Wildcat F18 – Really wish we hadn’t looked – Part 3

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When we dehumidified the hulls we also removed the badly bent anchoring point for the spinnaker pole stays on the port hull. This came back to haunt us, when we turned the hull over to remove it from the shed we heard a piece of metal fall inside the hull. It was clear that the reinforcing plate had fallen off.

At this point there was a lot of cursing of production boat builders and impact of building boats to a budget and not keeping maintainability in mind.

A quick email to Hobie proved that this was not an unusual problem, they have a guide for fixing this, so we weren’t the first. Click here for the guide.

Hole cut in hull

First step was to cut an 80mm hole in the side of the hull with a hole saw (This leaves you with a central piece you can replace), the position is defined in the document. What we found was pretty disappointing, there was almost nothing holding the backing plate in situ.

The shaped recess had been created but no laminate put over the plate and whatever glue had been used had failed probably because there was no oxidation inhibitor for the aluminium. The other noticeable thing was the thread had been cut at too shallow an angle and was cutting through the back wall of the plate. Which at least explained the bent fitting.

Unlike the Hobie suggestion we decided to use structural adhesive to put the backing plate in. SpaBond is a Gurit adhesive which is super strong, the sort of stuff Lotus stick their chassis together with, and has a quick curing time. We glued the aluminium plate in and put a nut on the back of the M6 end fitting.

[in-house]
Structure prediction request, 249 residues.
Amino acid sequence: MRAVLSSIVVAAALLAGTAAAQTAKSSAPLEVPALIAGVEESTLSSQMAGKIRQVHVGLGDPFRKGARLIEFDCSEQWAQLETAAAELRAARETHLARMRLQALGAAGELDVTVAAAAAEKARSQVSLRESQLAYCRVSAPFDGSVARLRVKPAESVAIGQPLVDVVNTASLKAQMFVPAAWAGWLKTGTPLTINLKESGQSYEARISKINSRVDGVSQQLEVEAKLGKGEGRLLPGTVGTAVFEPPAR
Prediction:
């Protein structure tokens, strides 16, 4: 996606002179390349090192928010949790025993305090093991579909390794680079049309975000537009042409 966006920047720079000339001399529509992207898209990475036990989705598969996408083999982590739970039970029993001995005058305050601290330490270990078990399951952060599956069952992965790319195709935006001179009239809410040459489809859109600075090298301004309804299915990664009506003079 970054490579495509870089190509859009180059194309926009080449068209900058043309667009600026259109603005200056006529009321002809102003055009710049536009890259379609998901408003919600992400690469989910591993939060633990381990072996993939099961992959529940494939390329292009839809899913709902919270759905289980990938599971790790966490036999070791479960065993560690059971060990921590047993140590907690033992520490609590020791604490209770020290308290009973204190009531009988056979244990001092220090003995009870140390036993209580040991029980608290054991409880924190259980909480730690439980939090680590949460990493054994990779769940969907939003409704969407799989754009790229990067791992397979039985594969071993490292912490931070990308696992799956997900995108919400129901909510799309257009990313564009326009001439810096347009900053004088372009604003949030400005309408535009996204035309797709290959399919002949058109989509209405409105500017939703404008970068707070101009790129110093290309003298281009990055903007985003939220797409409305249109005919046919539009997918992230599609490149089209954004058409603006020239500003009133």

First rough finish

The Hobie instructions lacked detail on how to ‘close the trap door’ as they describe it. So we spoke to our tame boat builder and foil supremo Nick Harvey. He suggested cutting a plate 10mm wider than the hole we cut into the hull. Then gluing that in place inside the hull and bonding the centre part of the hull left from the hole saw back on to the plate.

This creates a watertight seal, and means we have to use less resin, filler and gel coat to fair the hull in. Once the plate and central piece where bonded in place we sealed the edges with resin, filled the gap where the hole cutter cut into the hull with AWLFair epoxy filler. We didn’t fill the gaps completely, we left a trough between the hull edge and the central piece, this we then bevelled slightly and filled with gel coat.

We then sanded the surface with 280 grit sandpaper to get the surface fair with the existing hull. Then began a series of grinds and refills with gel coat to hide the worst of the repair. Not being boat builders this is a labour intensive pass time and in truth we got to the point that we felt it was ‘good enough’. The boat has been through the wars since it was built and she should carry her scars with pride. As long as the hull is smooth and fair it isn’t going to affect performance.

To that end we followed the same process as for the rest of the hull, 2x 400, 2×800, 2×1200 and 1×1500 wet and dry sandpaper followed by a coat of G3, G10 and finally Harken hull polish.

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